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Whitetail Harvest up in Northwest Montana

Hunters took to the field Saturday and Sunday across northwest Montana for the opening weekend of the general deer and elk season. At the six northwest Montana check stations, a total of 3,361 hunters checked 350 white-tailed deer (159 of these were bucks), 27 mule deer, and 31 elk for a 12.1 percent rate of hunters with big game. This harvest rate was double the rate from last year’s opening weekend.

Total numbers of hunters through R1 check stations was the highest it’s been since 2010. According to FWP Region One Wildlife Manager Neil Anderson, white-tailed deer harvest was up largely due to the ability of hunters to harvest an antlerless white-tail on a general hunting license. Nearly one-half of the hunters harvesting a white-tailed deer harvested an antlerless deer, and of those harvesting an antlerless deer most used their general license. White-tail buck harvest was also up this year, being the highest since 2010 for an opening weekend. Elk and mule deer harvest was also up compared to the last two years.

“Overall it was a great opening weekend,” said Anderson. “We had a lot of hunters in the field and a high percentage of them were filling tags. White-tail numbers are up across the region and hunters are taking advantage of the option to harvest an antlerless deer.”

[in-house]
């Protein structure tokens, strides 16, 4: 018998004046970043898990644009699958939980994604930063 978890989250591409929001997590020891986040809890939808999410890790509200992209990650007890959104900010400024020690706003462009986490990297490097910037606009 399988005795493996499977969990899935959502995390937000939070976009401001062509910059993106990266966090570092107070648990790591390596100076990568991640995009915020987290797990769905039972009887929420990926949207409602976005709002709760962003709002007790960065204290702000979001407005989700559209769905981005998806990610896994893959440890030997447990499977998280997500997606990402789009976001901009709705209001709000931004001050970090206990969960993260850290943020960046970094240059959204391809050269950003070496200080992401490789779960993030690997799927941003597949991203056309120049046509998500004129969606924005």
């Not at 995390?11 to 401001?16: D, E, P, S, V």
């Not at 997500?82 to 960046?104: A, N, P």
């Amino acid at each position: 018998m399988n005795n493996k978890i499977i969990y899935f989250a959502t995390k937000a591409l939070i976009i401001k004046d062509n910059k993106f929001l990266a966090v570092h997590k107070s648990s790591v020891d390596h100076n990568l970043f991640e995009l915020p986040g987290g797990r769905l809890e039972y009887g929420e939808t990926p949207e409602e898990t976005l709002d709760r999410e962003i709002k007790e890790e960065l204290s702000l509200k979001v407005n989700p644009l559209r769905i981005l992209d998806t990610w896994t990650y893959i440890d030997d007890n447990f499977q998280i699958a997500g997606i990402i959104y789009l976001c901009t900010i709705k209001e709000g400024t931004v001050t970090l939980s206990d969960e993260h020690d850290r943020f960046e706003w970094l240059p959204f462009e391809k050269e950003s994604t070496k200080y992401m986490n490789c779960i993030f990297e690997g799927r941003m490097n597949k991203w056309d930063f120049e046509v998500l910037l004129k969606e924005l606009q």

Anderson reminds hunters that the ability to harvest an antlerless white-tail deer on a general A-tag ends after this Friday. Starting Saturday, October 29th, only antlered white-tailed deer may be harvested on a general license in most hunting districts. Youth hunters 15 years of age and younger, and people with disabilities permitted to hunt from a vehicle, can take antlerless white-tailed deer through the end of the season.

Hunters are reminded that elk hunting is brow-tined bull only and spike elk are not legal game. These regulations apply in most Region One hunting districts. Hunters are encouraged to check the Montana hunting regulations for the district you plan to hunt before heading out to the field.

Hunters are also reminded to be bear-aware and properly store food and manage carcasses properly both in the field and at home.